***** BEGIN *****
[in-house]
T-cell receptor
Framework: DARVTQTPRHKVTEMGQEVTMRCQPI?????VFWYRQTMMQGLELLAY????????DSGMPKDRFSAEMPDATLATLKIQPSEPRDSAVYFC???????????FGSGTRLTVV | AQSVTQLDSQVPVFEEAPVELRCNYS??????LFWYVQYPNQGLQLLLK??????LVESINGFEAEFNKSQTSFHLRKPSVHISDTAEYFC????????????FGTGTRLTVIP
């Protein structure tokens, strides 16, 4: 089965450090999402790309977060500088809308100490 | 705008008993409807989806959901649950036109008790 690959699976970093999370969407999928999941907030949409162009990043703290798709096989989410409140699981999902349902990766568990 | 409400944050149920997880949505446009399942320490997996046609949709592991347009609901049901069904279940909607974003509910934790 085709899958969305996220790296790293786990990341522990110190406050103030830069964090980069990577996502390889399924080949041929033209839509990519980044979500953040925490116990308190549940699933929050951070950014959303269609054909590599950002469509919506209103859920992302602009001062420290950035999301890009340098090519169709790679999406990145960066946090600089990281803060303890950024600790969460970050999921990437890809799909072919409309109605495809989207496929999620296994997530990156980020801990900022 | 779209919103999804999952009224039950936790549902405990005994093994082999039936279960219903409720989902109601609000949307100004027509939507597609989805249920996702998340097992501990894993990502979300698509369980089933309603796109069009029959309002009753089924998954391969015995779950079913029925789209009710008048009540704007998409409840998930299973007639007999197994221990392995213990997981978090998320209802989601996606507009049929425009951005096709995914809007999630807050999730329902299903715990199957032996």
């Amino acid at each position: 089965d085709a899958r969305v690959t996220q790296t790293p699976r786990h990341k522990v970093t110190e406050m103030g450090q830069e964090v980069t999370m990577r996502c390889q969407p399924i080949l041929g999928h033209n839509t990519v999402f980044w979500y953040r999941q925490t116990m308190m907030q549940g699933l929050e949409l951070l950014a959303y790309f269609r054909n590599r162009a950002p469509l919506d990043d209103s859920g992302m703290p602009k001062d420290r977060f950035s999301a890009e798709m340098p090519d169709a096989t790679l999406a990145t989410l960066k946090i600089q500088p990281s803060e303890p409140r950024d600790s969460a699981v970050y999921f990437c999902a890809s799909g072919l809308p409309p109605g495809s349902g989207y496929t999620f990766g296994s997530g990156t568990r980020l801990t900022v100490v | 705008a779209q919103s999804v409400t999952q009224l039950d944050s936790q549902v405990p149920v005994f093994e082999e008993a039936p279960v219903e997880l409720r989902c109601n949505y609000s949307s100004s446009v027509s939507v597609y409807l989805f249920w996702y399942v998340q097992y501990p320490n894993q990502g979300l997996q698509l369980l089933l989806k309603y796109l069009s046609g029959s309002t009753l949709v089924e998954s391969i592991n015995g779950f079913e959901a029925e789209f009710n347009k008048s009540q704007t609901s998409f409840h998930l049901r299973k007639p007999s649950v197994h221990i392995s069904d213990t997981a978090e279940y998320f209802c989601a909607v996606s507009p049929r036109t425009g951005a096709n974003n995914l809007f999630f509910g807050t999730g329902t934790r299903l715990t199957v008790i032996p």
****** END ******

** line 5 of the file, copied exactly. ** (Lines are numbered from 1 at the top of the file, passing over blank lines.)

């Amino acid at each position: 089965d085709a899958r969305v690959t996220q790296t790293p699976r786990h990341k522990v970093t110190e406050m103030g450090q830069e964090v980069t999370m990577r996502c390889q969407p399924i080949l041929g999928h033209n839509t990519v999402f980044w979500y953040r999941q925490t116990m308190m907030q549940g699933l929050e949409l951070l950014a959303y790309f269609r054909n590599r162009a950002p469509l919506d990043d209103s859920g992302m703290p602009k001062d420290r977060f950035s999301a890009e798709m340098p090519d169709a096989t790679l999406a990145t989410l960066k946090i600089q500088p990281s803060e303890p409140r950024d600790s969460a699981v970050y999921f990437c999902a890809s799909g072919l809308p409309p109605g495809s349902g989207y496929t999620f990766g296994s997530g990156t568990r980020l801990t900022v100490v | 705008a779209q919103s999804v409400t999952q009224l039950d944050s936790q549902v405990p149920v005994f093994e082999e008993a039936p279960v219903e997880l409720r989902c109601n949505y609000s949307s100004s446009v027509s939507v597609y409807l989805f249920w996702y399942v998340q097992y501990p320490n894993q990502g979300l997996q698509l369980l089933l989806k309603y796109l069009s046609g029959s309002t009753l949709v089924e998954s391969i592991n015995g779950f079913e959901a029925e789209f009710n347009k008048s009540q704007t609901s998409f409840h998930l049901r299973k007639p007999s649950v197994h221990i392995s069904d213990t997981a978090e279940y998320f209802c989601a909607v996606s507009p049929r036109t425009g951005a096709n974003n995914l809007f999630f509910g807050t999730g329902t934790r299903l715990t199957v008790i032996p």